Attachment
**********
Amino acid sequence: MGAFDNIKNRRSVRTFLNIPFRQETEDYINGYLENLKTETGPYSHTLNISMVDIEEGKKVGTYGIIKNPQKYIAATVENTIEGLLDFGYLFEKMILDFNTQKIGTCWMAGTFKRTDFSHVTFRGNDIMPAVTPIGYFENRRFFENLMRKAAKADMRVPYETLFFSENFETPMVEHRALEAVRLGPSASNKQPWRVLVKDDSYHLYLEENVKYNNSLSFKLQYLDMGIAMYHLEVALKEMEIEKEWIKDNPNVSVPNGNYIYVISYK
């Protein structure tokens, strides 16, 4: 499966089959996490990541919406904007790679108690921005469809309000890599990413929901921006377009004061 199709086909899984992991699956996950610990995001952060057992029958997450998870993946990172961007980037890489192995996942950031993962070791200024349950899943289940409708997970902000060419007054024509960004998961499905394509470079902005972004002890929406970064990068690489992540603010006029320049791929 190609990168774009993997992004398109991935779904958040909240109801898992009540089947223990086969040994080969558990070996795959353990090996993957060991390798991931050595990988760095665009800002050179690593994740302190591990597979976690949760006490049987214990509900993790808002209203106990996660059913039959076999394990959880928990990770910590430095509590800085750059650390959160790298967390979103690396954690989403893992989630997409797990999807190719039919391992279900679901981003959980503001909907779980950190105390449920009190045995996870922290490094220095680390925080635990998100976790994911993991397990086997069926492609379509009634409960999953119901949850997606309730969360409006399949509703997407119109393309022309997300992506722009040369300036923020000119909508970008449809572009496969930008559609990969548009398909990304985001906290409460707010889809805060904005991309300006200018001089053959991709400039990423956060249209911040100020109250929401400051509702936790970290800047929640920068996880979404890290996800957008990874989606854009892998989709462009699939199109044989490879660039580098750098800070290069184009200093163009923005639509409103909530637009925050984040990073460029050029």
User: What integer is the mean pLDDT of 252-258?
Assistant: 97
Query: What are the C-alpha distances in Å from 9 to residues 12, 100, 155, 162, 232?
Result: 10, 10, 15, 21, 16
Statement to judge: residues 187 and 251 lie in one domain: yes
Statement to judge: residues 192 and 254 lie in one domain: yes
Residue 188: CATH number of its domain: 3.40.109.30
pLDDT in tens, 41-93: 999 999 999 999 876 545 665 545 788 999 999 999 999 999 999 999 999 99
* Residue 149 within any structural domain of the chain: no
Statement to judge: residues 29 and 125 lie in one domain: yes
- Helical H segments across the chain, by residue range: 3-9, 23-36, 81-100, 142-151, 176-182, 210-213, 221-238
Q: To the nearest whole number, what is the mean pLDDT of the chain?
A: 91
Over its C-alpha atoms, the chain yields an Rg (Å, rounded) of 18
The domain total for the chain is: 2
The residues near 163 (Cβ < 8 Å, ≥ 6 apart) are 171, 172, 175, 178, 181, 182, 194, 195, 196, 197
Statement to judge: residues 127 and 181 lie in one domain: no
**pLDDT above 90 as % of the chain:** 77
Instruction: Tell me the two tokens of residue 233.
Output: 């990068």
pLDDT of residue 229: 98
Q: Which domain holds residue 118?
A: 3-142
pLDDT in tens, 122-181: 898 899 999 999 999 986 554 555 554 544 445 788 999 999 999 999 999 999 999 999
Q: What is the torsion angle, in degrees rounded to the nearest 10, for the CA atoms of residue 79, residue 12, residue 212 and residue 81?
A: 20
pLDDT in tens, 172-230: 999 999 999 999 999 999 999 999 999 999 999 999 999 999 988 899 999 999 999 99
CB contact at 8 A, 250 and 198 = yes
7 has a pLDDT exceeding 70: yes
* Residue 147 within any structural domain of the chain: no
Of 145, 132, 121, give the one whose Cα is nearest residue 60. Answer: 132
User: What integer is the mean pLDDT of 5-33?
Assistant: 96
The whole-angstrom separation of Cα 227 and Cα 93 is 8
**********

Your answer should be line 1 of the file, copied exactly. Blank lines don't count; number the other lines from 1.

Amino acid sequence: MGAFDNIKNRRSVRTFLNIPFRQETEDYINGYLENLKTETGPYSHTLNISMVDIEEGKKVGTYGIIKNPQKYIAATVENTIEGLLDFGYLFEKMILDFNTQKIGTCWMAGTFKRTDFSHVTFRGNDIMPAVTPIGYFENRRFFENLMRKAAKADMRVPYETLFFSENFETPMVEHRALEAVRLGPSASNKQPWRVLVKDDSYHLYLEENVKYNNSLSFKLQYLDMGIAMYHLEVALKEMEIEKEWIKDNPNVSVPNGNYIYVISYK